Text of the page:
• Users Online: 35
  • Print this page
  • Email this page


 
 Table of Contents  
EDITORIAL
Year : 2020  |  Volume : 7  |  Issue : 6  |  Page : 307-308

Lactate clearance - Is it an alarm for escalation or an endpoint of resuscitation?


Department of Pediatrics, Division of Pediatric Critical Care, Gleneagles Global Heath City, Chennai, Tamil Nadu, India

Date of Submission09-Sep-2020
Date of Acceptance21-Sep-2020
Date of Web Publication11-Nov-2020

Correspondence Address:
Dr. Vijai Williams
Department of Pediatrics, Division of Pediatric Critical Care, Gleneagles Global Heath City, Chennai, Tamil Nadu
India
Login to access the Email id

Source of Support: None, Conflict of Interest: None


DOI: 10.4103/JPCC.JPCC_144_20

Rights and Permissions

How to cite this article:
Williams V. Lactate clearance - Is it an alarm for escalation or an endpoint of resuscitation?. J Pediatr Crit Care 2020;7:307-8

How to cite this URL:
Williams V. Lactate clearance - Is it an alarm for escalation or an endpoint of resuscitation?. J Pediatr Crit Care [serial online] 2020 [cited 2020 Nov 27];7:307-8. Available from: http://www.jpcc.org.in/text.asp?2020/7/6/307/300581



Lactate has been a molecule of interest in septic shock since its description in 1843 by Johann Scherer.[1] Lactate is produced when pyruvate cannot enter the mitochondria to participate in Krebs cycle in anaerobic conditions. This is an adaptive mechanism to produce energy in a stressed state through shuttle mechanisms. Sepsis elicits a cytokine response that increases glycolysis and impairs pyruvate dehydrogenase activity causing excess lactate formation even in aerobic conditions. Lactate produced gets metabolized predominantly through liver and kidneys. Hepatic or renal dysfunction can impair lactate clearance. Thus, in critically ill children, both excess production and hampered clearance result in hyperlactatemia. In this issue, Gulla et al. have tried to elucidate the role of serial lactate measurement and its clearance as a predictor of early intensive care unit and in hospital mortality.

In this small prospective observational study, (n = 43), the authors. have chosen early mortality (within 72 h) as their primary outcome with a rationale to identify patients who are at an increased risk of mortality or need of organ support.[2] Observational studies have demonstrated an association of hyperlactatemia (>4 mmol/L) with unfavorable outcomes in the form of multiorgan dysfunction syndrome (MODS) and mortality in septic shock.[3],[4] This study shows a similar trend of higher lactate among nonsurvivors over the initial 24 h. The median value at various time points among survivors lies between 1 and 1.9 mmol/L and among nonsurvivors between 1.8 and 3 mmol/L. Lactate clearance was 15.1% in survivors and 33.2% in nonsurvivors. This may imply that an absolute value of >2 mmol/L or failure of lactate clearance may act as alarms for re-evaluation of ongoing therapy and need for escalation of support.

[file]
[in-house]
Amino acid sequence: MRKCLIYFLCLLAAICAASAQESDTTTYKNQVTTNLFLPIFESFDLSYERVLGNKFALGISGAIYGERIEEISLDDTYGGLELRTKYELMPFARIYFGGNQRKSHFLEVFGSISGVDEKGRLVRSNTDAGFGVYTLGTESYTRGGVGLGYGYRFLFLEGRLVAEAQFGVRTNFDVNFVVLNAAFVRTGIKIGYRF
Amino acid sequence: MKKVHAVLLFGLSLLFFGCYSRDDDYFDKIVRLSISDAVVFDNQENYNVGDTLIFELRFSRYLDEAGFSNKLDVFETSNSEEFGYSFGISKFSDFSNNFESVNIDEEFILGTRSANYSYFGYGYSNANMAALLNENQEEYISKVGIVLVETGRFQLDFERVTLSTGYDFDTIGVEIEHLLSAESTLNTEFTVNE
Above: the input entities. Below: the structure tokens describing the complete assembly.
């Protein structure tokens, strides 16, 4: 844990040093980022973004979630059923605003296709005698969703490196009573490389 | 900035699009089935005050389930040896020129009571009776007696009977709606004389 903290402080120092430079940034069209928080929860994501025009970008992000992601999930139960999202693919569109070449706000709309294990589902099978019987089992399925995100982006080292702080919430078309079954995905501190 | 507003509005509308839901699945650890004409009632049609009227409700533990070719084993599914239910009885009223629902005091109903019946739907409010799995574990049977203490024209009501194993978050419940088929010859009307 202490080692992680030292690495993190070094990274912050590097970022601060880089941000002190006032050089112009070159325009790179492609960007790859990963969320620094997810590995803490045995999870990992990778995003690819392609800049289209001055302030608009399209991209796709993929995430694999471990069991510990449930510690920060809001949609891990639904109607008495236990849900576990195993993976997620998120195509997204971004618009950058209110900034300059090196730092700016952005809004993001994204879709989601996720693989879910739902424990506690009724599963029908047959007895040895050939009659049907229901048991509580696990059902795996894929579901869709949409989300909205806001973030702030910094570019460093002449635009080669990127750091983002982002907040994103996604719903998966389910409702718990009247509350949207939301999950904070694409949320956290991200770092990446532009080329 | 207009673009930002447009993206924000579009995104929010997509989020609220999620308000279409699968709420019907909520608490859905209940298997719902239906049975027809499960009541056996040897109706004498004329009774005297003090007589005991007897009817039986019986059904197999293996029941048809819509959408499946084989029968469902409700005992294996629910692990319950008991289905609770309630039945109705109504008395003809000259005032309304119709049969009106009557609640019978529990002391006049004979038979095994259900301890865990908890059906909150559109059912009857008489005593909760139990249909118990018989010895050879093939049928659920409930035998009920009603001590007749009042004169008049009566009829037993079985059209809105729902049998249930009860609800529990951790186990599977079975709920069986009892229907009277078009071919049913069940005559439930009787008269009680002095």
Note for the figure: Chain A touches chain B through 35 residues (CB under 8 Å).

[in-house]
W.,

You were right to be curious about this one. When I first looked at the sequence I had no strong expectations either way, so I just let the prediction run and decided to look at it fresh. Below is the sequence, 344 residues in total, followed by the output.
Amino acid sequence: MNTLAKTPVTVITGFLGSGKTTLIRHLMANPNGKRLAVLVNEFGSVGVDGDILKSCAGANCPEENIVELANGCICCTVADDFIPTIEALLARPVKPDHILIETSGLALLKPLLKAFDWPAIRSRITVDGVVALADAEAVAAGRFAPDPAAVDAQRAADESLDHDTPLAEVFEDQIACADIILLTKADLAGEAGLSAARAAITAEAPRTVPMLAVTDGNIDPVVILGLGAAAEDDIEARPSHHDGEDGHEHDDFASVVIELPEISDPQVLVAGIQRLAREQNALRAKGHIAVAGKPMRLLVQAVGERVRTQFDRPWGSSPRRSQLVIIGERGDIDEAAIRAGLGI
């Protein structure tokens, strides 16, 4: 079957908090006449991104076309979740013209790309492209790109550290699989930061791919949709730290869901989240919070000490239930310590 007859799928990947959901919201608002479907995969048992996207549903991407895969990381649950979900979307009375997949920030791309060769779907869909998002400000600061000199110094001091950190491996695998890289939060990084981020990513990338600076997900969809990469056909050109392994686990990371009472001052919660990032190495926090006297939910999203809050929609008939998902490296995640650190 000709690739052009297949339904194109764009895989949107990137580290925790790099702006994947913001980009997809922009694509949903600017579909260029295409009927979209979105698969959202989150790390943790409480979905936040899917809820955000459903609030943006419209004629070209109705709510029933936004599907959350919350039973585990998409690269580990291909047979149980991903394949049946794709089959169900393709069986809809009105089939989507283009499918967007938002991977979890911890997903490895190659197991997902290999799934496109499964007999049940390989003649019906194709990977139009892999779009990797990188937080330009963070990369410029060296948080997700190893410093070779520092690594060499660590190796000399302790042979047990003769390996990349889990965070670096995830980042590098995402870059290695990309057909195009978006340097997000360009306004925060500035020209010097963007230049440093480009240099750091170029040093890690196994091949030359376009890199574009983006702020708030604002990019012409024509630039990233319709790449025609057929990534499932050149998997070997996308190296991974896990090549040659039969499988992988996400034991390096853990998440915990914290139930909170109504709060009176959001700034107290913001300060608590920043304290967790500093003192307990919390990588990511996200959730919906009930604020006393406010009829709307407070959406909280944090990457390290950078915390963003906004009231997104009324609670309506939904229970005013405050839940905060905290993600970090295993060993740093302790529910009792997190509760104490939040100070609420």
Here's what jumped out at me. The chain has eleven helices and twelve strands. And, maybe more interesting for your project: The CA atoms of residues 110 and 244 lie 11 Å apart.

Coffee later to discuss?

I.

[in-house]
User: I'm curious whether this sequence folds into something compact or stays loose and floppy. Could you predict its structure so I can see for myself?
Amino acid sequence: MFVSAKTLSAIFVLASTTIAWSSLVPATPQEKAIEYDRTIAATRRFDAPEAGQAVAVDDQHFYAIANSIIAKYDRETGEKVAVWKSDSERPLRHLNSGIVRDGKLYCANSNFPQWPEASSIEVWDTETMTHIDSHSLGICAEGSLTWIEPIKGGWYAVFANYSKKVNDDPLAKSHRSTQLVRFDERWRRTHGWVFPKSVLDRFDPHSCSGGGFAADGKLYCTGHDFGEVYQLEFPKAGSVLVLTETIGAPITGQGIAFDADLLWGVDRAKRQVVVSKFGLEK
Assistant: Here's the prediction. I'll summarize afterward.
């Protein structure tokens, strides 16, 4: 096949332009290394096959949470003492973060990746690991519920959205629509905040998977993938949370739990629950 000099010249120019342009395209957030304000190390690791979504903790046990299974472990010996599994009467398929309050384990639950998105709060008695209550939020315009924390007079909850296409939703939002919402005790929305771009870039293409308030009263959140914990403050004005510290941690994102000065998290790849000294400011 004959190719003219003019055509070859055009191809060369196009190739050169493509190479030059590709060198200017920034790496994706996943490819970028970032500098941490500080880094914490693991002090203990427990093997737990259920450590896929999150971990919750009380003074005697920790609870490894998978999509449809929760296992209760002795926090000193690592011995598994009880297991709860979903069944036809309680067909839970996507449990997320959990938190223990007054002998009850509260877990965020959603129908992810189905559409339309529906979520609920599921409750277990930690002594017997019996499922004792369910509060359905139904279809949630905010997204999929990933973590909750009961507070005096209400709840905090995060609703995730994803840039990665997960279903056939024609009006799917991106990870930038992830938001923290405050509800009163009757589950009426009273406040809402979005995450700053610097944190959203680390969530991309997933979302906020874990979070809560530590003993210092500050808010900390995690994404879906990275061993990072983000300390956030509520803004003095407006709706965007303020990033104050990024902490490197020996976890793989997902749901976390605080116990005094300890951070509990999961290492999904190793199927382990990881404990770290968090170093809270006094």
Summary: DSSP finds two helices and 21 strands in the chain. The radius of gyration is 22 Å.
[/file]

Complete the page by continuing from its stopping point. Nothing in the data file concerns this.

The key components of the management of septic shock include fluids, inotropy, antibiotics, and source control. Lactate clearance during management can be a sign of improvement in circulatory dysfunction with studies demonstrating better clinical outcomes.[5],[6] However, there are several confounders that one has to consider before escalating fluid or inotropic support in those with impaired lactate clearance. Appropriate use of antibiotics and source control are essential in those with impaired lactate clearance. Quantification of organ dysfunctions (MODS score) along with individual organ dysfunction especially liver that clears about 60% of lactate is important to understand lactate clearance. Factors that determine systemic oxygen delivery (anemia, oxygen saturation, and cardiac output), use of catecholamines in septic shock patients, and lactate buffered fluid in continuous hemofiltration can contribute to hyperlactatemia. In this study, a good correlation of lactate beyond 24 h with pediatric logistic organ dysfunction score suggests that organ dysfunction rather than inadequate resuscitation could have contributed to hyperlactatemia. Data on other confounders are needed before attributing hyperlactatemia to mortality. Thus, children with hyperlactatemia and failure of lactate clearance need close monitoring with the assessment of correctable factors and ensuing organ dysfunction.